-- Grantland Rice, The Baltimore Sun --
The drama and melodrama of this match race, held before a record crowd keyed to the highest tension I have ever seen in sport, set an all time mark.
You must get the picture from the start to absorb the thrill of this perfect autumn day over a perfect track. As the two thoroughbreds paraded to the post there was no emotional outburst. The big crowd
was too full of tension, the type of tension that locks the human throat.
You looked at the odds flashed upon the mutual board--War Admiral, one to four, Seabiscuit two to one.
Even those backing War Admiral, the great majority of the crowd, felt their pity for the son of Hard Tack and Swing On [Seabiscuit], who had come along the hard way and had churned up the dust of almost every track from the Great Lakes to the Gulf, from the Atlantic to the Pacific.
After two false starts, they were off. But it wasn't the fast-flying War Admiral who took the lead. It was Seabiscuit, taking the whip from Woolf, who got the jump. It was Seabiscuit who had a full-length lead as they passed the first furlong. The Admiral's supporters were dazed as the 'Biscuit not only held this lead but increased it to two lengths before they passed the first quarter.
The 'Biscuit' was moving along as smoothly as a southern breeze. And then the first roar of the big crowd swept over Maryland. The Admiral was moving up. Stride by stride, Man o' War's favorite offspring was closing up the open gap. You could hear the roar from thousands of throats "Here he comes, here he comes!"
And the Admiral was under full steam. He cut away a length. He cut away another length as they came to the half-mile post--and now they were running head and head. The Admiral looked Seabiscuit in the eye at the three-quarters but Seabiscuit never got the look. He was too busy running with his shorter, faster stride.
For almost a half mile they ran as one horse, painted against the green, red and orange foliage of a Maryland countryside. They were neck and neck--head and head--nose and nose.
The great Admiral had thrown his challenge. You could see that he expected Seabiscuit to quit and curl up.
But, Seabiscuit has never been that brand of horse. I had seen him before in two $100,000 races at Santa Anita, boxed out, knocked to his knees, taking the worst of all the racing luck--almost everything except facing a firing squad or a machine-gun nest--and yet, through all this barrage of trouble Seabiscuit was always there, challenging at the wire. I saw him run the fastest half-mile ever run at Santa Anita last March, when he had to do it in his pursuit of Stagehand.
So, when War Admiral moved up on even terms and 40,000 throats poured out their tribute to the Admiral, I still knew that the 'Biscuit would be alongside at the finish. The 'Biscuit had come up the hard way. That happens to be the only way worth while. The Admiral had known only the softer years--the softer type of competition. He had never before met a combination of a grizzly bear and a running fool.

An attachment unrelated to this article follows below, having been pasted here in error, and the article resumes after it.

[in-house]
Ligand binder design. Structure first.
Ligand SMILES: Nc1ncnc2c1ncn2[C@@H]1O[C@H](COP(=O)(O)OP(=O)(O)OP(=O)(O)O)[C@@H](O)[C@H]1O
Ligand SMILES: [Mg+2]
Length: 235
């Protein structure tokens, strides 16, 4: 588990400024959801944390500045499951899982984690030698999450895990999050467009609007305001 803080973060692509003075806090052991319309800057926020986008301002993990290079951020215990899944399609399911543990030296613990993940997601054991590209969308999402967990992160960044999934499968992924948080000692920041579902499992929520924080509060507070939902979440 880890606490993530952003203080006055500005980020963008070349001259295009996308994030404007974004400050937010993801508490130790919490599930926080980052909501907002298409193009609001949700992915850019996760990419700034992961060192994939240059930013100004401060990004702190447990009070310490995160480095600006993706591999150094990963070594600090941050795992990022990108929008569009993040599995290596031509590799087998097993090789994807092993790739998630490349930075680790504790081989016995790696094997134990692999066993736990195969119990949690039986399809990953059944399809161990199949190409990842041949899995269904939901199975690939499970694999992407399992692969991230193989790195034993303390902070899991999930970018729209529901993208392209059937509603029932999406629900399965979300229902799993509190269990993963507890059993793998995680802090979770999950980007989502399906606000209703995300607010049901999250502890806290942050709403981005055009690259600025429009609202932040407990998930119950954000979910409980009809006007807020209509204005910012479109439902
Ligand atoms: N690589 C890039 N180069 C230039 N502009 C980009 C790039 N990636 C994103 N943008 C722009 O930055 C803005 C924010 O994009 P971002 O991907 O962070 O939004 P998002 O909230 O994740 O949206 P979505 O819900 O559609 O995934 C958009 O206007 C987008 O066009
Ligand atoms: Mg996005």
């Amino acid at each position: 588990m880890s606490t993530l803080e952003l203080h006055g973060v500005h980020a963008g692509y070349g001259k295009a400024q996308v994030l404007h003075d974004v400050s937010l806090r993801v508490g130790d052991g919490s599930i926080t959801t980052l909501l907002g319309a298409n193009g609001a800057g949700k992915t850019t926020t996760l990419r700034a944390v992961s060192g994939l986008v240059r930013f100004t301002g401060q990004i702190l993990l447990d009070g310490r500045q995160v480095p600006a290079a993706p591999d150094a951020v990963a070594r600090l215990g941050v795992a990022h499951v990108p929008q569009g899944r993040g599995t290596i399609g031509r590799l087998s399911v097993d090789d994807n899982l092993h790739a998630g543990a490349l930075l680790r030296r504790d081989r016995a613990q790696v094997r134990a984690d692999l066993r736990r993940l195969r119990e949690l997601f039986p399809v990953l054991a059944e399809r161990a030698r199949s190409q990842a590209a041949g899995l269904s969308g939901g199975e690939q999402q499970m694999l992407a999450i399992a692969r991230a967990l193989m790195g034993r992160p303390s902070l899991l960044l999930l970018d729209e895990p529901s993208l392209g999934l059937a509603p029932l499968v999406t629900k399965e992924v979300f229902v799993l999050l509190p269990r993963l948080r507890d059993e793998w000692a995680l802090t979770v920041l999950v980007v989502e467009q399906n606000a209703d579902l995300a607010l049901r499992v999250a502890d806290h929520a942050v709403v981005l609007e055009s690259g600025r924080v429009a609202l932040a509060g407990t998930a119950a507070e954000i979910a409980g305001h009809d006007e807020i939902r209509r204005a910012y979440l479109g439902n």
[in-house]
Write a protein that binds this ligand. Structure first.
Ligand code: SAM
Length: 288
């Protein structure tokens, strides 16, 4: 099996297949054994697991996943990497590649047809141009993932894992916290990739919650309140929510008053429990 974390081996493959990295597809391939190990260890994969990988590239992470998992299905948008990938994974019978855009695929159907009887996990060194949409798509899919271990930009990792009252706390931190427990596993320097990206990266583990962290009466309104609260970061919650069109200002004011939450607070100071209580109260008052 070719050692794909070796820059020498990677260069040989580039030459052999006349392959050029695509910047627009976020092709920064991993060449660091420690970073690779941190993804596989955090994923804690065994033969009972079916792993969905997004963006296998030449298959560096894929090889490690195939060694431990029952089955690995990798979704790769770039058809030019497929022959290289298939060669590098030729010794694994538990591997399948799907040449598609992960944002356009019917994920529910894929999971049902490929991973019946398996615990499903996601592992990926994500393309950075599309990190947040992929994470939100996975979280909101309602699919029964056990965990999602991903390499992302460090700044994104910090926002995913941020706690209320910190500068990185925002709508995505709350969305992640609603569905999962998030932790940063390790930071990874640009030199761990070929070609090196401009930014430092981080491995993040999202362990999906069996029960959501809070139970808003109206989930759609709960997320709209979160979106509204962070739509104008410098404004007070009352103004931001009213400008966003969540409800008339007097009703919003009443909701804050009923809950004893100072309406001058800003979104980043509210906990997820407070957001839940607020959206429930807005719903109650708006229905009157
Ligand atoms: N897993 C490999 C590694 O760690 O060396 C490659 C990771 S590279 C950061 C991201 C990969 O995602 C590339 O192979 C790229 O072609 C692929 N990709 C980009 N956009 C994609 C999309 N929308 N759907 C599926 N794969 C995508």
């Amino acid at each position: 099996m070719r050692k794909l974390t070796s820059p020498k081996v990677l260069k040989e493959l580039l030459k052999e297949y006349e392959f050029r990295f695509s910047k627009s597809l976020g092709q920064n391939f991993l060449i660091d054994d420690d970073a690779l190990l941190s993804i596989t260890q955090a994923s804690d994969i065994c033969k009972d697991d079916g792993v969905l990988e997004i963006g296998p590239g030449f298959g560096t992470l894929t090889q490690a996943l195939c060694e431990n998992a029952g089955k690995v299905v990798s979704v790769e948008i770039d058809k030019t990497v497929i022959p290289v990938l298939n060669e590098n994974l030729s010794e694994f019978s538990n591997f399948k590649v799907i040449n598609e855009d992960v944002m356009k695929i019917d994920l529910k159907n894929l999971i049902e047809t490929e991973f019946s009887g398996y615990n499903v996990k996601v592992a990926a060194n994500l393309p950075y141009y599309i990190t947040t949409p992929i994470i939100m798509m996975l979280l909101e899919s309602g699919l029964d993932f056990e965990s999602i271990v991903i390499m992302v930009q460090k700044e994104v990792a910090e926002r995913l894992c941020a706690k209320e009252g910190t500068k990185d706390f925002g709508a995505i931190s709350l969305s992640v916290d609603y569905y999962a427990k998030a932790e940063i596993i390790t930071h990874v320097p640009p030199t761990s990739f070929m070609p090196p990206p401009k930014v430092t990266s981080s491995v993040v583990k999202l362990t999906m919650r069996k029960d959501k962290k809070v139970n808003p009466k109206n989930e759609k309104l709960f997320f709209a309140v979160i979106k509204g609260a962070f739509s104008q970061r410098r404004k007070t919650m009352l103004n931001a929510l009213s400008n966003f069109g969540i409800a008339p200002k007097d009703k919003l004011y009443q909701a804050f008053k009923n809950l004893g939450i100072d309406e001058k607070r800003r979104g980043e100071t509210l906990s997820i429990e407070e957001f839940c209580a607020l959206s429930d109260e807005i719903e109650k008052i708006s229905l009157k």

Head and head they came to the mile. There wasn't a short conceded putt between them. It was a question now of the horse that had the heart. Seabiscuit had lost his two-length margin. His velvet had been shot away. He was on his own where all races are won--down the stretch. He had come to the great kingdom of all sport--the kingdom of the heart.
The Admiral had shown his reserve speed. From two lengths away he was now on even terms. But as they passed the mile post with three-sixteenths left--the vital test--the stretch that always tells the story--where 40,000 looked for the fleet War Admiral to move away--there was another story. Seabiscuit was still hanging on. Seabiscuit hadn't quit. With barely more than a final furlong left, the hard-way son of Hard Tack must have said to the Admiral--"Now, lets start running. Let's see who is the better horse."
Foot by foot and yard by yard, Woolf and Seabiscuit started moving away. Charlie Kurtzinger gave the Admiral the whip. But you could see from the stands that the Admiral suddenly knew he had nothing left in heart or feet to match this crazy five-year-old who all his life had known only the uphill, knockdown devil-take-the-loser route, any track--any distance--any weight--any time.
And who the hell are you?
War Admiral had no answer. Down the final furlong the great-hearted 'Biscuit put on extra speed. He moved on by. Then he opened a small gap. Forty thousand expected the Admiral to move up, close the gap again. But the Admiral was through. He had run against too many plow horses and platers in his soft easy life. He had never tackled a Seabiscuit before.
He had never met a horse who could look him in the eye down the stretch and say to him, in horse language, "Now let's start traveling, kid. How do you feel? I feel great. This is down my alley."
Yard by yard Seabiscuit moved on ahead. Then it was length by length. Seabiscuit left the Admiral so far behind that it wasn't even a contest down the stretch. War Admiral might just have well be chasing a will-o-the-wisp in a midnight swamp. He might just as well have been a fat poodle chasing a meat wagon.
He had been outrun and outgamed--he had been run off the track by a battered five-year-old who had more speed and heart.
The race, they say, isn't to the swift. But it is always to the swift and the game. It so happened that Seabiscuit had these two important qualities in deep abundance. War Admiral could match neither flying feet not fighting heart. Man o' War's brilliant son hung on with all he had until it came to the big showdown--
to the point when the hard-way thoroughbred, the horse from the wrong side of the track, began really to run.